Many questions might have crossed your mind before applying for dental schools. But the one you mostly encounter is “How difficult is it to get into dental school?”
As a school graduate, you often think of going for options that might be easy. The truth is, no matter what field you choose to pursue, it is both easy and difficult at the same time. It is easy if you get the facts right along with knowing yourself. And it gets puzzling when you take advice from experts who don’t know you.
In this article, we will break down some myths and shed light on some important aspects of getting into dental school to help you find the answers.
Suppose, you are a good college student but not a great one. Your science GPA might be less than your overall GPA. Your DAT scores are okayish. In some cases you might have a gap year and no faculty member of your undergrad school can remember you to write a good recommendation letter. What would you do?
You may naturally think that there’s no way for you to get into a dental school. But, hey! Let us tell you why you should apply even if your GPA screams “don’t”.
Admission Committees are looking for more than just numbers. It’s a concept called holistic admissions which means all of the parts of the application are factors in admitting students and not just a couple of numbers.
Things like GPA and test scores are important but they are not the only important part of the application. Work experience, life experiences, research experiences, self-understanding, communication skills, and maturity, and on and on are all factors included in making decisions.
Many dental schools practice holistic admissions so what is it the dental schools want? Well, here’s the takeaway. Dental schools have different missions and they look at applicants differently.
Although if you go on the internet and ask the experts online they will expertly advise you that grades and test scores are the only important thing making you qualified for dental schools.
Why this myth about numbers is are so pervasive and repeated so often?
The reason is numbers are easy to understand and really provide a linear way to explain everything. It’s easy to see that a GPA of 3.5 is more than a GPA of 3.2 and a DAT score of 21 is bigger than 17.
But how to compare aspects like the passion for the profession, maturity, self-understanding, psychomotor skills between individuals without those numbers? Numbers make it easier to compare applicants and that’s why people tend to focus on them.
Another myth you might’ve come across is that if you don’t have a science GPA of 3.5 or above, you can’t even apply to dental school. But what does the ADEA official guide say about it?
The ADEA official guide to dental school is a document published by American Dental Education Association. It contains statistical information about every dental school in the USA and Canada. Applicant pools, details about the entering classes, costs, prerequisites, and more.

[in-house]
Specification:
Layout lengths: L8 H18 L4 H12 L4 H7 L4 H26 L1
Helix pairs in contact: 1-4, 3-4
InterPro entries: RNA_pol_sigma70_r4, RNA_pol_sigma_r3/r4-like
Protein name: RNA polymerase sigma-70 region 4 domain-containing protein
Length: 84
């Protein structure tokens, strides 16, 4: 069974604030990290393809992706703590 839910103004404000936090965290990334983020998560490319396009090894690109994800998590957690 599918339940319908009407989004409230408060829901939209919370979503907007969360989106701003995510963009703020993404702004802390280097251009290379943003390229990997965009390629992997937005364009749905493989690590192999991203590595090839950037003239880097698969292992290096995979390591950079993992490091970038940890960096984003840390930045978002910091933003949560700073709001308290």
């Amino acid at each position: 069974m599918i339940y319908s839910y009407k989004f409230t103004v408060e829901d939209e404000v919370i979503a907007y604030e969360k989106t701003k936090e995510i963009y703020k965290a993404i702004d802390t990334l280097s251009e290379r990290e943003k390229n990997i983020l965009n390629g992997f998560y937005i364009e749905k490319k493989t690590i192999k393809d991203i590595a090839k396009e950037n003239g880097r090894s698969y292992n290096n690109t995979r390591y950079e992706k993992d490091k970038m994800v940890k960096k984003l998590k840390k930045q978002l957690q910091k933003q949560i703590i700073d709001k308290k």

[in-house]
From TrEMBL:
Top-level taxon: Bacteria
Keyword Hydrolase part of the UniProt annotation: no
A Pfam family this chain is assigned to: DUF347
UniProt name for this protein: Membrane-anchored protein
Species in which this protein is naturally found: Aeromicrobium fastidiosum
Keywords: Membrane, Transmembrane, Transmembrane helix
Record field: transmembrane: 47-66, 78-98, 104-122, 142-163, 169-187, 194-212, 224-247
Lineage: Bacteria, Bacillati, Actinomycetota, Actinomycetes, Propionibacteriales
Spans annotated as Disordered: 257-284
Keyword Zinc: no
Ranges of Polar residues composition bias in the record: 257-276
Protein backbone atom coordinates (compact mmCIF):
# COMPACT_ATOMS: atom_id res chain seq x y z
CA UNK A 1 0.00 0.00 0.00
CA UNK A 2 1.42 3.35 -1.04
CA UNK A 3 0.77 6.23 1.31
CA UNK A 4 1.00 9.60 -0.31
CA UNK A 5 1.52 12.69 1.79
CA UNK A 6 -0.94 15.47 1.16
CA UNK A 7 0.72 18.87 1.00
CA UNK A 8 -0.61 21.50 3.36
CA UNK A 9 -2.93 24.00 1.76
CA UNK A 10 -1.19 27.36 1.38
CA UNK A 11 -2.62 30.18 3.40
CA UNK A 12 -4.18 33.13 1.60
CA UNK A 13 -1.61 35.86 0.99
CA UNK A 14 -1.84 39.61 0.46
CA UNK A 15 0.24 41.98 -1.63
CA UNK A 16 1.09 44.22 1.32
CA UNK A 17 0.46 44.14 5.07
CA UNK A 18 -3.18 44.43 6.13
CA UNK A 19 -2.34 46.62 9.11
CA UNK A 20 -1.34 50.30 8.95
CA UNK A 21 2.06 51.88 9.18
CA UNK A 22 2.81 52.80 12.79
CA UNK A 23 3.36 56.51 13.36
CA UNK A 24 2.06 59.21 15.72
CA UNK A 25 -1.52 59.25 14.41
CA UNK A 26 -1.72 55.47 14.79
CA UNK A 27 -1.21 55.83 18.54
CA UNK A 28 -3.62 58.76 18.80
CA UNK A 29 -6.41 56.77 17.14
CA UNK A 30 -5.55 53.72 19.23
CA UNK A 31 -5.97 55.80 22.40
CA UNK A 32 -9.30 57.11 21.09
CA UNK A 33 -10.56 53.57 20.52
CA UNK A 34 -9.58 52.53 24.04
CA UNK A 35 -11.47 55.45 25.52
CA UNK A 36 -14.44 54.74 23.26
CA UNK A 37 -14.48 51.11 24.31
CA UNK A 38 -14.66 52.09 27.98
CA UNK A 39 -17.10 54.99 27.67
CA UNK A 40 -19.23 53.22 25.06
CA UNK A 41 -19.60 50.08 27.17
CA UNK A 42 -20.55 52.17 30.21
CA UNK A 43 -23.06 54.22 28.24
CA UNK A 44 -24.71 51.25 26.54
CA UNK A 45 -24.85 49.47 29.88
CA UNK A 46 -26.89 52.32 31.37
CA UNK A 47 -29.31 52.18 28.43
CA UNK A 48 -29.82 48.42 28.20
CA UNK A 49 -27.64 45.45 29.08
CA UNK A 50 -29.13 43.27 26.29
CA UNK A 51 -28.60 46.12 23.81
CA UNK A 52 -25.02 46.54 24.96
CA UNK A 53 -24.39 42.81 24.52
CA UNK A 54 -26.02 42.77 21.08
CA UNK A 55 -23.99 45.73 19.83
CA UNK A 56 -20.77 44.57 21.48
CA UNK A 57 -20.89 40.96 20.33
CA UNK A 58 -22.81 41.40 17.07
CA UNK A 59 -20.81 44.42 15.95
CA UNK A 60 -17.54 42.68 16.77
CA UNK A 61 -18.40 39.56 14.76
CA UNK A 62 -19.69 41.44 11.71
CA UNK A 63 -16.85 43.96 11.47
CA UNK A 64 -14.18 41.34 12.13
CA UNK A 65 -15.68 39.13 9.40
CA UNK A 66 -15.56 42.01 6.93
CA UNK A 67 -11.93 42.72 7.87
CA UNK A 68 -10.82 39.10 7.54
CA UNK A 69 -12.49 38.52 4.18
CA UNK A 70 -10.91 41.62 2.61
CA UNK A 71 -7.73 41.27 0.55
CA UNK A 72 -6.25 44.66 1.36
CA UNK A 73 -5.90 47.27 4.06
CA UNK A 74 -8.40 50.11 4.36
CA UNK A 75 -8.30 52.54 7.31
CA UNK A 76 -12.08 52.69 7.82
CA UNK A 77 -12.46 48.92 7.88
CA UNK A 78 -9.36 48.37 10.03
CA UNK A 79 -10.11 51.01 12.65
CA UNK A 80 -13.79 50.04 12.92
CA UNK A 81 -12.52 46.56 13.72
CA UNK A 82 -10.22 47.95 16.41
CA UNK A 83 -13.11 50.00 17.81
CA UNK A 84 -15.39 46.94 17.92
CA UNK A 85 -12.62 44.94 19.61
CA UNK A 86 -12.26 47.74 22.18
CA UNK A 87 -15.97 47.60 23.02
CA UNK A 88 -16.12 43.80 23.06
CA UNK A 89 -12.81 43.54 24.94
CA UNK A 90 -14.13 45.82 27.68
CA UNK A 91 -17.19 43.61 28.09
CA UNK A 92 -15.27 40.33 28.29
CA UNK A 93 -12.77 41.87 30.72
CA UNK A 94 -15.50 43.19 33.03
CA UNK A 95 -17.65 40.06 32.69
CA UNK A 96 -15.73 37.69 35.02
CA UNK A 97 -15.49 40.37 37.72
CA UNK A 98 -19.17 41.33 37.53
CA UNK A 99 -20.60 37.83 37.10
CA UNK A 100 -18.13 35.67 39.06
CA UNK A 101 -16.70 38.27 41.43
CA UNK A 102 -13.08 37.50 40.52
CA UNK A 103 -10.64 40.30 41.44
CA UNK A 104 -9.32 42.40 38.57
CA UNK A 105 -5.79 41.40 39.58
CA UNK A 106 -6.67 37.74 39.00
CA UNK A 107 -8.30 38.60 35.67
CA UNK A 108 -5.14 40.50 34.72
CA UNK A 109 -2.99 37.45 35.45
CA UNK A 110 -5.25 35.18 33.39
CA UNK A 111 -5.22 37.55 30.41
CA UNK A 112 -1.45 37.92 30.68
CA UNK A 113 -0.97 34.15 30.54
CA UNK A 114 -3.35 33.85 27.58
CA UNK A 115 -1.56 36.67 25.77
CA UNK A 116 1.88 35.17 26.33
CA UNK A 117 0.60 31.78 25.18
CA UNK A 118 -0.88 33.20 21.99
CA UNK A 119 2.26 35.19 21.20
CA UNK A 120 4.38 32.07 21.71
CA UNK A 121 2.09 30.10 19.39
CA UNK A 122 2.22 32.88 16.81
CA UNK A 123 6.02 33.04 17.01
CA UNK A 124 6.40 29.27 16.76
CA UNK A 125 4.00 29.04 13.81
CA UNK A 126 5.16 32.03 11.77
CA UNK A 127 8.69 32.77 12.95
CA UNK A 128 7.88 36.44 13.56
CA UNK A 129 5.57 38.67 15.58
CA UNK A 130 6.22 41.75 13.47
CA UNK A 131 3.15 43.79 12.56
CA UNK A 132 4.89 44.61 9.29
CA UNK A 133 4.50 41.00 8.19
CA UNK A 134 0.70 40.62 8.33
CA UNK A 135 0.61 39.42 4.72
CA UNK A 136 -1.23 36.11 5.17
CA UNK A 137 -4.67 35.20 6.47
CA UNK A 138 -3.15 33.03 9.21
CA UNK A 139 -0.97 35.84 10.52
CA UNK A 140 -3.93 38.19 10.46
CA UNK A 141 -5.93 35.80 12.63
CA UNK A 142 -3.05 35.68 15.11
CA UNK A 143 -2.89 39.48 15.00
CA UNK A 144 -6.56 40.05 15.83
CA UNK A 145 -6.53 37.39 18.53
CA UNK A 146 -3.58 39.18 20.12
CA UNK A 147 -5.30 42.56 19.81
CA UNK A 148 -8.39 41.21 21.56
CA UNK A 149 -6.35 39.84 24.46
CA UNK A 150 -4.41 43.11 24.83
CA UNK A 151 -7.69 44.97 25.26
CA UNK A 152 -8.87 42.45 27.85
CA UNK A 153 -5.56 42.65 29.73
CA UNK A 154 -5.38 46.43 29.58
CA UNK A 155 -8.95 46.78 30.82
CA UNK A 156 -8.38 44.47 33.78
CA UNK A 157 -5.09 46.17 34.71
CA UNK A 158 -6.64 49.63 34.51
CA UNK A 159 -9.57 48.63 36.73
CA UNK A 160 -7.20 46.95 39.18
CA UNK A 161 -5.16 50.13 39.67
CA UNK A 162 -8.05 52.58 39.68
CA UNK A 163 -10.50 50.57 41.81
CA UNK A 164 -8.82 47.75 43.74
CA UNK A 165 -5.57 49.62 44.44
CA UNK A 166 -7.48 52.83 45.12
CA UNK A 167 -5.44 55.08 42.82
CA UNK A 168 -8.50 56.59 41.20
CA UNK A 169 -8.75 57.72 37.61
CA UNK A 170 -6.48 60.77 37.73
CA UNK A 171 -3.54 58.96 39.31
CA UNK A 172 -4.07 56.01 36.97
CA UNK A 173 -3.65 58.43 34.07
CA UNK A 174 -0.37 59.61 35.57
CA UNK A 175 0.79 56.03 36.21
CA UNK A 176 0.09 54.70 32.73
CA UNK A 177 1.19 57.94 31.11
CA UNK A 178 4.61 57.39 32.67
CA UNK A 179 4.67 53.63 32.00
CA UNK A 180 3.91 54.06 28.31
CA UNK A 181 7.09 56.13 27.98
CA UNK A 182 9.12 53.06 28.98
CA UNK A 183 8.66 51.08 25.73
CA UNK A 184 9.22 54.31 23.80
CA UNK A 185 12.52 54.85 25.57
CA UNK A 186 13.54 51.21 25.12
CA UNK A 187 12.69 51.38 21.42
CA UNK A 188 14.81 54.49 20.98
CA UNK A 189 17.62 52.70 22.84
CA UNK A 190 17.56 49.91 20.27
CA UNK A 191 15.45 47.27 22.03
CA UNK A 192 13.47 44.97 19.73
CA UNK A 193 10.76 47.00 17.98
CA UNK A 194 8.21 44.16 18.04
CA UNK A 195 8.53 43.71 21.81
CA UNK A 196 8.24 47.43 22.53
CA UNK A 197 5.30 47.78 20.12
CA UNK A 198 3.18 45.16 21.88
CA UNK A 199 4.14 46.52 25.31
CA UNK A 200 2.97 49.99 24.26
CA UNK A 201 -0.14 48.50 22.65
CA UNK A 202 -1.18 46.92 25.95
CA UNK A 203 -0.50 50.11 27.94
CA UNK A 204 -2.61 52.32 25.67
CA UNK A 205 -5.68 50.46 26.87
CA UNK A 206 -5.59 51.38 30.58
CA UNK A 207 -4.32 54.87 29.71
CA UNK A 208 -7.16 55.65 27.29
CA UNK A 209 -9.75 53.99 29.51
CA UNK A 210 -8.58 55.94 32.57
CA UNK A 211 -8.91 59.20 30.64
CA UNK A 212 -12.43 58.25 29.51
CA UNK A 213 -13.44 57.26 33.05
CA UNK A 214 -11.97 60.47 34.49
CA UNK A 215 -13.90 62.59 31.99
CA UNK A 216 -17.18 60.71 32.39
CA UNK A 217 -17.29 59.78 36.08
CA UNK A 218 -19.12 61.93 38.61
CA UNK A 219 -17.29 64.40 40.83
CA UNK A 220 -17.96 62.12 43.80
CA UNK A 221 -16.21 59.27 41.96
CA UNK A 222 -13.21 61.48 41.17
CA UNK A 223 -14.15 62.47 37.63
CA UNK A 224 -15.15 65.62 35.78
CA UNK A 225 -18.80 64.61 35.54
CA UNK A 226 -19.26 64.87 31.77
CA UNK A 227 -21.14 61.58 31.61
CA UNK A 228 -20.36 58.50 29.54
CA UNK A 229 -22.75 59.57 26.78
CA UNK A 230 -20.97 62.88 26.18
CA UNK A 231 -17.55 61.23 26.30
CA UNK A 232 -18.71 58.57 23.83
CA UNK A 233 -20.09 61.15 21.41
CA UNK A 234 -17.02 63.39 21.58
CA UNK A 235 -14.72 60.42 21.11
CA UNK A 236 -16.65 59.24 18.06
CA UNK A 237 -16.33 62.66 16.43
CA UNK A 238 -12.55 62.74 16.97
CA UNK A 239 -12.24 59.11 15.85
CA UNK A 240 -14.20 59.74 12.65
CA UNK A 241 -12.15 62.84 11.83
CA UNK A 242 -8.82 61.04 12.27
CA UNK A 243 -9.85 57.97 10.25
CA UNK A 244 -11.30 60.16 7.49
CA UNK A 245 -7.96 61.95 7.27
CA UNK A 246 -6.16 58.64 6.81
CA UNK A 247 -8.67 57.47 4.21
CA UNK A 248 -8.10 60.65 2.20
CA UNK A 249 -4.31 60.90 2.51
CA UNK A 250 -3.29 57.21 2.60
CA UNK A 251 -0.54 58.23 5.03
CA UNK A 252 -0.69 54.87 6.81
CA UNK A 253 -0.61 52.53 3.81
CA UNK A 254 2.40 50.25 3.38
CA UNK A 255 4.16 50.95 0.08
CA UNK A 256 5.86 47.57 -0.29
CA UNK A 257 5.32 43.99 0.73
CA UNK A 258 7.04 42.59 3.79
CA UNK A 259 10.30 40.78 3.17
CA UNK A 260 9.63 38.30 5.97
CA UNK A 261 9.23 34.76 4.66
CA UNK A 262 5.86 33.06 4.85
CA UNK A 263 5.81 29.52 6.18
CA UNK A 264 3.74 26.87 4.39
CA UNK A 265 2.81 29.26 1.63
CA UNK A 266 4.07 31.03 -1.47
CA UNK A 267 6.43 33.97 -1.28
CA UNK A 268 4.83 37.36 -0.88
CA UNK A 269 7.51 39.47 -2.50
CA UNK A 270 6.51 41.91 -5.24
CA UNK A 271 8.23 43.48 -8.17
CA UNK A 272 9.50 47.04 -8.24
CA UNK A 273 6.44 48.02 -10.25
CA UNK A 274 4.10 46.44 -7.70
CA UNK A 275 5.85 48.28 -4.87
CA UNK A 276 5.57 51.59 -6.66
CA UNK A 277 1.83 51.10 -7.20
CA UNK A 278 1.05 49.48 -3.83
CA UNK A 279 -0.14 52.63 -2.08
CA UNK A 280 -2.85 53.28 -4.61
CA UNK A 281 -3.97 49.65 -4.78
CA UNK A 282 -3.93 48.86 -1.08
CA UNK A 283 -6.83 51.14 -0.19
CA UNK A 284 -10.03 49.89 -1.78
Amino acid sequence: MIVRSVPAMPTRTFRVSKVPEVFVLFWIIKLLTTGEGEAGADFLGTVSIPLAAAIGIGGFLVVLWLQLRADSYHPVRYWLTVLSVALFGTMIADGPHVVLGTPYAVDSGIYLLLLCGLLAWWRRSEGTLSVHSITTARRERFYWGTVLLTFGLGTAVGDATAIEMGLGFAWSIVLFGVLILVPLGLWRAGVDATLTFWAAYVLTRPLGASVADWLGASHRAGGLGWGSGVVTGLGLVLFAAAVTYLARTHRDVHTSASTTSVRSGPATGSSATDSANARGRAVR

The unique thing about this guide compared to other guides available in the market is the information comes straight from the admission offices in the dental schools. So, it’s the most up-to-date accurate information that an applicant can have.
We found a recent guide and took a look at the entering classes of 2019, which had average science GPAs of 3.48. Now the average science GPA means there were people enrolled in dental school with science GPAs less than 3.48.
Remember, there’s a range across the mean. A good number of dental schools also reported having individuals with GPAs below 3.0 in the range of scores making up the average for their entering class.
The GPA thing is not borne out by evidence and is a complete myth. Instead of listening to experts on the internet, go get a copy of the ADEA official guide and do the comparison yourself.
Dental schools are looking for people with an educational foundation to be successful in dental school and the numbers are definitely part of the decision, they are not just the only thing. If you know who you are and where you are going don’t let the number myth stop you from applying.
Let's start with the current and past admission rates for dentistry schools. Getting a sense of the larger picture will help you better grasp the key trends in dentistry, which are always changing.
Only 54.5 percent of dental school candidates were admitted and subsequently enrolled in a dental school in 2000, according to data from ADEA. In 2019, the most recent year for which data are available, the percentage was somewhat higher, although not significantly so, at 55.9%.
While these almost identical statistics appear to show that dental school acceptance rates have stayed constant over the previous 20 years, they don't convey the entire story about admissions changes and trends.